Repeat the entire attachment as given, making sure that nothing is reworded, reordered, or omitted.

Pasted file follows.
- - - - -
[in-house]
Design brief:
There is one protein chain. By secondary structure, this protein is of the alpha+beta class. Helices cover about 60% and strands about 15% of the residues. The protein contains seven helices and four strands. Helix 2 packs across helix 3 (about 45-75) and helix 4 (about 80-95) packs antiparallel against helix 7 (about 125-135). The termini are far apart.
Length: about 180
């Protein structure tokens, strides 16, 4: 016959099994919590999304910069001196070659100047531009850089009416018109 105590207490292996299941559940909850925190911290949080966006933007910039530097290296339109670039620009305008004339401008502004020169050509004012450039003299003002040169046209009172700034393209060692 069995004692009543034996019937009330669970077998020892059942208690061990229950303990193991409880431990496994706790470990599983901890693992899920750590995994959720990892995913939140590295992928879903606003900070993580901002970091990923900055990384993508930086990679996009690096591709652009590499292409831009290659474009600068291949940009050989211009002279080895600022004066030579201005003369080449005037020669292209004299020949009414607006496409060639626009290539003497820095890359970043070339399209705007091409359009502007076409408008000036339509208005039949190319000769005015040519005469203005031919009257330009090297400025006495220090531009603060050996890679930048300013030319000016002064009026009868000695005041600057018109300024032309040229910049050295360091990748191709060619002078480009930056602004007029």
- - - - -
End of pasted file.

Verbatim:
[in-house]
Design brief:
There is one protein chain. By secondary structure, this protein is of the alpha+beta class. Helices cover about 60% and strands about 15% of the residues. The protein contains seven helices and four strands. Helix 2 packs across helix 3 (about 45-75) and helix 4 (about 80-95) packs antiparallel against helix 7 (about 125-135). The termini are far apart.
Length: about 180
């Protein structure tokens, strides 16, 4: 016959099994919590999304910069001196070659100047531009850089009416018109 105590207490292996299941559940909850925190911290949080966006933007910039530097290296339109670039620009305008004339401008502004020169050509004012450039003299003002040169046209009172700034393209060692 069995004692009543034996019937009330669970077998020892059942208690061990229950303990193991409880431990496994706790470990599983901890693992899920750590995994959720990892995913939140590295992928879903606003900070993580901002970091990923900055990384993508930086990679996009690096591709652009590499292409831009290659474009600068291949940009050989211009002279080895600022004066030579201005003369080449005037020669292209004299020949009414607006496409060639626009290539003497820095890359970043070339399209705007091409359009502007076409408008000036339509208005039949190319000769005015040519005469203005031919009257330009090297400025006495220090531009603060050996890679930048300013030319000016002064009026009868000695005041600057018109300024032309040229910049050295360091990748191709060619002078480009930056602004007029």